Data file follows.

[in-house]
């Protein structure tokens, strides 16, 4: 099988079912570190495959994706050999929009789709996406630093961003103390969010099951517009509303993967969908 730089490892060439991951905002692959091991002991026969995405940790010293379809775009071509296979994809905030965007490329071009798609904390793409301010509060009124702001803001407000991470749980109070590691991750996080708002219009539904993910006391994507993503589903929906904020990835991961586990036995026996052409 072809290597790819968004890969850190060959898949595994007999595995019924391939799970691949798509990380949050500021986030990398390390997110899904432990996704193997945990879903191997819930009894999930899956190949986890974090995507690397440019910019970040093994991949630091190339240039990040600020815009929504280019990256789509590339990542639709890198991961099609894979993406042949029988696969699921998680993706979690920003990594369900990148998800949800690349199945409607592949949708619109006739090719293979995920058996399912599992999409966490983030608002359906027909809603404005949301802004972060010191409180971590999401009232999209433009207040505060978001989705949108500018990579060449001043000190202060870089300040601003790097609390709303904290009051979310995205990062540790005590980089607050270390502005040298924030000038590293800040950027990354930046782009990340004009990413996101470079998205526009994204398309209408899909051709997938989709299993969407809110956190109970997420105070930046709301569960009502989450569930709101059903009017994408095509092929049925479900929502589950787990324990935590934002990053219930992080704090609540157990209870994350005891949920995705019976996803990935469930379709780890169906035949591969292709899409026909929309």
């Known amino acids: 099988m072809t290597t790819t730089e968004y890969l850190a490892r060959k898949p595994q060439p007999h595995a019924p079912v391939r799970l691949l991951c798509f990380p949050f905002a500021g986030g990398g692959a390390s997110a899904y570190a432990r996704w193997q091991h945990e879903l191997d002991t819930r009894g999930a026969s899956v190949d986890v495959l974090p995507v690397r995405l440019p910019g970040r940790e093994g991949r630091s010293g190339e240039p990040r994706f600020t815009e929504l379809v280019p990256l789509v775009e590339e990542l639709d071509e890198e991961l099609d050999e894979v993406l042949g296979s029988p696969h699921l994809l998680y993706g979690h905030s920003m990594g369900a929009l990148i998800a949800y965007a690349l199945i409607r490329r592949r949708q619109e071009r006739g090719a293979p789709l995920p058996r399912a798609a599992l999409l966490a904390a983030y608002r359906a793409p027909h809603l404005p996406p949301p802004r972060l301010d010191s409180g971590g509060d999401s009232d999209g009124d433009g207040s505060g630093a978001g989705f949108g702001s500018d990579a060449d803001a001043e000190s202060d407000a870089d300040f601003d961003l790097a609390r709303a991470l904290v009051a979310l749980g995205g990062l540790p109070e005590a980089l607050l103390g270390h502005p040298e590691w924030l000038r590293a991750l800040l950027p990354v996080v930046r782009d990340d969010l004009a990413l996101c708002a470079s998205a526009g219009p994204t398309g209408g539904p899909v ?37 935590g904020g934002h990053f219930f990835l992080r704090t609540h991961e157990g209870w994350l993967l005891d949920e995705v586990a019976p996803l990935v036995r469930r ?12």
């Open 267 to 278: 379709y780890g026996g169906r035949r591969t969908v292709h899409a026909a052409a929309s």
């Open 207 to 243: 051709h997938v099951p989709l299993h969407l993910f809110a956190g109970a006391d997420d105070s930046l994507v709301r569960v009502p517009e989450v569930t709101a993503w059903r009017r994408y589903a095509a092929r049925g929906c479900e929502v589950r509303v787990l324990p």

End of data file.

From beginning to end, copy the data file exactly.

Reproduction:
[in-house]
């Protein structure tokens, strides 16, 4: 099988079912570190495959994706050999929009789709996406630093961003103390969010099951517009509303993967969908 730089490892060439991951905002692959091991002991026969995405940790010293379809775009071509296979994809905030965007490329071009798609904390793409301010509060009124702001803001407000991470749980109070590691991750996080708002219009539904993910006391994507993503589903929906904020990835991961586990036995026996052409 072809290597790819968004890969850190060959898949595994007999595995019924391939799970691949798509990380949050500021986030990398390390997110899904432990996704193997945990879903191997819930009894999930899956190949986890974090995507690397440019910019970040093994991949630091190339240039990040600020815009929504280019990256789509590339990542639709890198991961099609894979993406042949029988696969699921998680993706979690920003990594369900990148998800949800690349199945409607592949949708619109006739090719293979995920058996399912599992999409966490983030608002359906027909809603404005949301802004972060010191409180971590999401009232999209433009207040505060978001989705949108500018990579060449001043000190202060870089300040601003790097609390709303904290009051979310995205990062540790005590980089607050270390502005040298924030000038590293800040950027990354930046782009990340004009990413996101470079998205526009994204398309209408899909051709997938989709299993969407809110956190109970997420105070930046709301569960009502989450569930709101059903009017994408095509092929049925479900929502589950787990324990935590934002990053219930992080704090609540157990209870994350005891949920995705019976996803990935469930379709780890169906035949591969292709899409026909929309």
């Known amino acids: 099988m072809t290597t790819t730089e968004y890969l850190a490892r060959k898949p595994q060439p007999h595995a019924p079912v391939r799970l691949l991951c798509f990380p949050f905002a500021g986030g990398g692959a390390s997110a899904y570190a432990r996704w193997q091991h945990e879903l191997d002991t819930r009894g999930a026969s899956v190949d986890v495959l974090p995507v690397r995405l440019p910019g970040r940790e093994g991949r630091s010293g190339e240039p990040r994706f600020t815009e929504l379809v280019p990256l789509v775009e590339e990542l639709d071509e890198e991961l099609d050999e894979v993406l042949g296979s029988p696969h699921l994809l998680y993706g979690h905030s920003m990594g369900a929009l990148i998800a949800y965007a690349l199945i409607r490329r592949r949708q619109e071009r006739g090719a293979p789709l995920p058996r399912a798609a599992l999409l966490a904390a983030y608002r359906a793409p027909h809603l404005p996406p949301p802004r972060l301010d010191s409180g971590g509060d999401s009232d999209g009124d433009g207040s505060g630093a978001g989705f949108g702001s500018d990579a060449d803001a001043e000190s202060d407000a870089d300040f601003d961003l790097a609390r709303a991470l904290v009051a979310l749980g995205g990062l540790p109070e005590a980089l607050l103390g270390h502005p040298e590691w924030l000038r590293a991750l800040l950027p990354v996080v930046r782009d990340d969010l004009a990413l996101c708002a470079s998205a526009g219009p994204t398309g209408g539904p899909v ?37 935590g904020g934002h990053f219930f990835l992080r704090t609540h991961e157990g209870w994350l993967l005891d949920e995705v586990a019976p996803l990935v036995r469930r ?12």
């Open 267 to 278: 379709y780890g026996g169906r035949r591969t969908v292709h899409a026909a052409a929309s």
């Open 207 to 243: 051709h997938v099951p989709l299993h969407l993910f809110a956190g109970a006391d997420d105070s930046l994507v709301r569960v009502p517009e989450v569930t709101a993503w059903r009017r994408y589903a095509a092929r049925g929906c479900e929502v589950r509303v787990l324990p």